As can be seen from FIGS. 4 and 5, the filter elements 15 on the plate 16 are spaced apart by unoccupied apertures 21a and the filter elements 18 on the plate 19 are spaced apart by unoccupied apertures 21b. This wider spacing between the filter elements in the sub-assemblies shown in FIGS. 4 and 5 facilitates visual inspection of the solder joints 17 and 20 prior to completion of the assembly. It can also be seen from FIGS. 4 and 5 that the filter elements 15 form a first part-array and that the filter elements 18 form a second part-array and that these two part-arrays complement one another. Thus, when the plates are placed together in parallel side-by-side relationship as shown in FIG. 3, the filter elements 15 on the plate 16 extend through the unoccupied apertures 21b in the plate 19 and the filter elements 18 on the plate 19 extend through the unoccupied apertures 21a in the plate 16.
It can also be seen in FIG. 3 that the solder joints 17 and 20 are arranged at slightly different levels on the filter elements 15 and 18 so that the ends of the filter elements can lie in common planes.
It is preferable for the plates 16 and 19 to be spaced apart slightly in order to allow for the height of the solder menisci. This spacing can be achieved by means of shims 23 arranged between the plates 16 and 19. The two plates 16 and 19 may be secured to one another at their peripheries, for example, by mechanical clamping or spot welding so that the two plates together form a sub-chassis.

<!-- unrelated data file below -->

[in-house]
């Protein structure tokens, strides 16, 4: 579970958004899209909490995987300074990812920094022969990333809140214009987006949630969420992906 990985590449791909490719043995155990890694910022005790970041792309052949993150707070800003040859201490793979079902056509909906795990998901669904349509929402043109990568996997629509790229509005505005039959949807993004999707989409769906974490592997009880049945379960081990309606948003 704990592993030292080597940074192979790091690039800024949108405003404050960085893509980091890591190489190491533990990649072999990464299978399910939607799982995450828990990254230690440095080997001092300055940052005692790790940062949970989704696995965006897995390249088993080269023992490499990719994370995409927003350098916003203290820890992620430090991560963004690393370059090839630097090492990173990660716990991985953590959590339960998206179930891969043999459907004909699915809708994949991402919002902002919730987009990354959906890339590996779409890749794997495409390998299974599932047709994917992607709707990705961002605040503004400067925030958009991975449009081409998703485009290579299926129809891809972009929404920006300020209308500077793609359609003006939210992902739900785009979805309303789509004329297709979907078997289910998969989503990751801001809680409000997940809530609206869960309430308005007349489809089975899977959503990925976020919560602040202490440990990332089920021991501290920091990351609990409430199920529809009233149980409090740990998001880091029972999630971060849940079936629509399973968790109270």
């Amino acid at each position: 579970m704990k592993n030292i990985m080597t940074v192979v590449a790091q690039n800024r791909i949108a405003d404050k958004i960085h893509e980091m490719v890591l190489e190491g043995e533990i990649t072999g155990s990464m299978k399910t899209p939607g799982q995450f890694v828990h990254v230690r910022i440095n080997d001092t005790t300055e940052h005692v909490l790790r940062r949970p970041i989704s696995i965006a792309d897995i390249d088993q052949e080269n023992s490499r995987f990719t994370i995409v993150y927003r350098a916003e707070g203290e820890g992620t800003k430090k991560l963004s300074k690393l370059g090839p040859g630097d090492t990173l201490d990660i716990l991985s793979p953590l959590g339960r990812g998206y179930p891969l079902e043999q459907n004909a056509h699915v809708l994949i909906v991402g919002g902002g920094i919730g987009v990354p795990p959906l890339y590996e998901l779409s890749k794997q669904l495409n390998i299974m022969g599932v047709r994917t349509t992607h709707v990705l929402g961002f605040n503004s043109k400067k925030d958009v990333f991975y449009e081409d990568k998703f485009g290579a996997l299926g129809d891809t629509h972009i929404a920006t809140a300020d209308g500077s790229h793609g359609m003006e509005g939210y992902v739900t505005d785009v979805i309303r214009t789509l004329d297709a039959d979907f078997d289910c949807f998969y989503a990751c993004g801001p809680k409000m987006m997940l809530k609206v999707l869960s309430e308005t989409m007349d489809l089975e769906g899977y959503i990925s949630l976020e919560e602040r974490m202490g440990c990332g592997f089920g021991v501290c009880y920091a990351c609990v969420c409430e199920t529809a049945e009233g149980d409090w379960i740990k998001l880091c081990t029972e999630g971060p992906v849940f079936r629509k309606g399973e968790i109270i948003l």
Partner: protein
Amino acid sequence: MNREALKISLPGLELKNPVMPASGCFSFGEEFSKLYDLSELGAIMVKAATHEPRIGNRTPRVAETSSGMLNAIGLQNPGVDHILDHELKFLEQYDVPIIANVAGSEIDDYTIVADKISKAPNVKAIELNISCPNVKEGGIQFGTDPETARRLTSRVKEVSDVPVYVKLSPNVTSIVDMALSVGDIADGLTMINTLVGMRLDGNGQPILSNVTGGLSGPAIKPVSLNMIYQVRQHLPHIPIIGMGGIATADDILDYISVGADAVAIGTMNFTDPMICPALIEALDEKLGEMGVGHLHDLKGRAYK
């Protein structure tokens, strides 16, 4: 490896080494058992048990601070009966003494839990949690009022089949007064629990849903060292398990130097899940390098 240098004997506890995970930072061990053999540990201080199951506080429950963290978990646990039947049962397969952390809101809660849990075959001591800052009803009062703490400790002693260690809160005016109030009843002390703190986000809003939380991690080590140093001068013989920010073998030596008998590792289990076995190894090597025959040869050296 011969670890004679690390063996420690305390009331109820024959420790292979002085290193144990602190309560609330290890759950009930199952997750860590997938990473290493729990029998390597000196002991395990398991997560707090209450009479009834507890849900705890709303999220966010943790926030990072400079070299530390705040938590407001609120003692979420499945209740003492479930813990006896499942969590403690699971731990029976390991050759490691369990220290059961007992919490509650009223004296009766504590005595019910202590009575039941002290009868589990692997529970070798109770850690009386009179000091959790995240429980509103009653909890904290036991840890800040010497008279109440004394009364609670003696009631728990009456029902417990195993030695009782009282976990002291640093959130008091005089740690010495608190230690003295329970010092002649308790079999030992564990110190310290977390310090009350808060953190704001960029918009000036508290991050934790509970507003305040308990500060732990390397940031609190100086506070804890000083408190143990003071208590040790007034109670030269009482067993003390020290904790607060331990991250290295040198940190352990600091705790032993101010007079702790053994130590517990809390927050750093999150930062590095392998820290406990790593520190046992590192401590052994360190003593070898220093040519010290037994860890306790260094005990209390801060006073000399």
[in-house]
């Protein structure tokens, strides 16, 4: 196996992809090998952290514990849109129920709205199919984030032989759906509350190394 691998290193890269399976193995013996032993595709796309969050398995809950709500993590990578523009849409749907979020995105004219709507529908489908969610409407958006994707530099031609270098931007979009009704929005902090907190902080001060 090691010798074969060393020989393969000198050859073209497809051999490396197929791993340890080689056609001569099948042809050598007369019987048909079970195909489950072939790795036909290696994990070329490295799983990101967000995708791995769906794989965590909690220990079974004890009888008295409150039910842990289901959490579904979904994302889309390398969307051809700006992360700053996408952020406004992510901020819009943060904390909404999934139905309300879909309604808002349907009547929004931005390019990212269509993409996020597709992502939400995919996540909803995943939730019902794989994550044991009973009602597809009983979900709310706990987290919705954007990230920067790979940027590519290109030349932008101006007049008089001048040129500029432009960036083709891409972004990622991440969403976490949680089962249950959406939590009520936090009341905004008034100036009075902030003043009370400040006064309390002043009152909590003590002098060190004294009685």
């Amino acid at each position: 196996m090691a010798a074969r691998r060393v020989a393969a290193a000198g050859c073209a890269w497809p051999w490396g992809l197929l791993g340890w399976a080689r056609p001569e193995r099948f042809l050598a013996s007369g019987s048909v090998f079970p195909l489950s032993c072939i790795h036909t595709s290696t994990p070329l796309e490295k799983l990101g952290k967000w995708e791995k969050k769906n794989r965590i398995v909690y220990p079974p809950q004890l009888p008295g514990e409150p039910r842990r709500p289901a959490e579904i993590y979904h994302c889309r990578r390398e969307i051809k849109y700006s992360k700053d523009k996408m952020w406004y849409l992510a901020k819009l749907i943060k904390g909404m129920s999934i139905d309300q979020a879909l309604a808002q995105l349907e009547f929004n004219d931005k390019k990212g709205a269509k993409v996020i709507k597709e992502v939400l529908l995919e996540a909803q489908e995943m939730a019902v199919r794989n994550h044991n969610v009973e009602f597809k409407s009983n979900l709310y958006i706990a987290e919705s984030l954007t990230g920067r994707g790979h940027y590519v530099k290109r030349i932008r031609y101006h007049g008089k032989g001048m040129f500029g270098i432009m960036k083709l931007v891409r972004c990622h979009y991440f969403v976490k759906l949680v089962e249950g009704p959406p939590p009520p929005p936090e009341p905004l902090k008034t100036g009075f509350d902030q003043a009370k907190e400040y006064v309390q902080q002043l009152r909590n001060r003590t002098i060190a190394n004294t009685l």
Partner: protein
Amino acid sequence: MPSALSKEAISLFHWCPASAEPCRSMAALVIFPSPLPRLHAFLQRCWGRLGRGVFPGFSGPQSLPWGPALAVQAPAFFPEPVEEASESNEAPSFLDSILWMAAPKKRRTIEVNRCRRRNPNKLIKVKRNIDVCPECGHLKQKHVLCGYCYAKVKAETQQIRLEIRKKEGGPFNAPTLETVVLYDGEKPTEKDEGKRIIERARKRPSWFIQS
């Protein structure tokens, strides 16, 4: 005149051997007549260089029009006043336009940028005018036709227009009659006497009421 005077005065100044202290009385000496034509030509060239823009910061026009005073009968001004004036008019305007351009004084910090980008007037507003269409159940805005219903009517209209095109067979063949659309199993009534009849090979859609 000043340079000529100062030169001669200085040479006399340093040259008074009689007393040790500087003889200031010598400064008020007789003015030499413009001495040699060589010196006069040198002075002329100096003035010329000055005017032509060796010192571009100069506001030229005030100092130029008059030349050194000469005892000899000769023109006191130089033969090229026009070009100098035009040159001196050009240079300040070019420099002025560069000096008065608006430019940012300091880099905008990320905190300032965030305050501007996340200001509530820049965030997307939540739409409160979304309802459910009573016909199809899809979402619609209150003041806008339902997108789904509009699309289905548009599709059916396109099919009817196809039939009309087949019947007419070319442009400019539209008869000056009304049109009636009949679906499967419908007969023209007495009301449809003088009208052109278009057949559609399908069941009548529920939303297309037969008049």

In the case of three plates, each plate would have two unoccupied apertures for each aperture occupied by a filter element soldered to that plate. In this case the three sub-arrays of filter elements formed on the respective plates would complement each other, so that the filter elements secured to one plate would extend through unoccupied apertures in the other two plates. Such a measure further increases the spacing between individual filter elements on a given plate, thereby further easing inspection methods.
FIG. 6 shows a filter element 15 secured to the plate 16 at the solder joint 17. This Figure also shows a feed-through wire 22 secured at a further solder joint 24 to the ceramic filter element. The solder of the joint 24 has a higher melting point than the solder at the joint 17 so that the solder at the joint 24 is not melted again when soldering the filter elements to the filter plates.